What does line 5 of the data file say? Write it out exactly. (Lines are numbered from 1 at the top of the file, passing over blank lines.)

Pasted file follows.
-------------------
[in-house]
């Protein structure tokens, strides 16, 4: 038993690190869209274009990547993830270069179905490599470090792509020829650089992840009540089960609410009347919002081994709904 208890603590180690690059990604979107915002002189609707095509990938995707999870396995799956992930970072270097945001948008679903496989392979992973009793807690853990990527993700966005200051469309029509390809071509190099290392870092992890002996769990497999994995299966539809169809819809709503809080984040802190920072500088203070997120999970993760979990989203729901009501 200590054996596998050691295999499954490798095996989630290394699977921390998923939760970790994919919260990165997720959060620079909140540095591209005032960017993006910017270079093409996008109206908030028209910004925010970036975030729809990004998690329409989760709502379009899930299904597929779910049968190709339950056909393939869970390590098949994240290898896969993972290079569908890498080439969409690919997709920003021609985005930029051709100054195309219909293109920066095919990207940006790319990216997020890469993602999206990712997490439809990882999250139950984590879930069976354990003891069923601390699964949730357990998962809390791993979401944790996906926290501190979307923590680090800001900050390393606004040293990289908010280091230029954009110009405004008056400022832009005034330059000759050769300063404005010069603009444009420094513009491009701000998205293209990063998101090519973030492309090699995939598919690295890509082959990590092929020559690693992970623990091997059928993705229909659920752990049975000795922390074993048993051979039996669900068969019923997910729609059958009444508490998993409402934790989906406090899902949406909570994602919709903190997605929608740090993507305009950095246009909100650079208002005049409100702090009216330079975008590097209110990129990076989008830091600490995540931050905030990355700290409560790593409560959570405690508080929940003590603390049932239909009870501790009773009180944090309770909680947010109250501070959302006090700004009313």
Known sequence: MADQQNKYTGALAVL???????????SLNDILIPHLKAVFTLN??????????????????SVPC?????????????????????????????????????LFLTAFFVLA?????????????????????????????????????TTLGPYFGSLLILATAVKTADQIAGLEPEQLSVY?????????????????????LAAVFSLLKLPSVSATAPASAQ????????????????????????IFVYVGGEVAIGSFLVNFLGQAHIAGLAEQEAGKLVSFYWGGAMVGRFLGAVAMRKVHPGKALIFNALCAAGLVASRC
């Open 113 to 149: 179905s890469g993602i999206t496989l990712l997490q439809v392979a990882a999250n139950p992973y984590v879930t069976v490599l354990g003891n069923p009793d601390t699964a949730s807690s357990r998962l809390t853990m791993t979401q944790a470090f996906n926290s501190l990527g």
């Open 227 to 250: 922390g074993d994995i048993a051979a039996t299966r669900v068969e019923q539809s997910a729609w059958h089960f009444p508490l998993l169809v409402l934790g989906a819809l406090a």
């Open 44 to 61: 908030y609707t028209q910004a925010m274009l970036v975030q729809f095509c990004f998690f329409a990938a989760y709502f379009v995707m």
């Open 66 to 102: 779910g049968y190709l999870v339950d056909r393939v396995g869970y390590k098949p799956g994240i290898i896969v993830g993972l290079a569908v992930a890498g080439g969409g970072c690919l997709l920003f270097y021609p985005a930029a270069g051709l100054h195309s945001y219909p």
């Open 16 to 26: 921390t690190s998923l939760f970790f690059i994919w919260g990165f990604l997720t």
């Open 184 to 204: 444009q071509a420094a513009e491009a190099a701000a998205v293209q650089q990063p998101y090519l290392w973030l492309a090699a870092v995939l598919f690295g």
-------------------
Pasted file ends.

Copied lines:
């Open 227 to 250: 922390g074993d994995i048993a051979a039996t299966r669900v068969e019923q539809s997910a729609w059958h089960f009444p508490l998993l169809v409402l934790g989906a819809l406090a």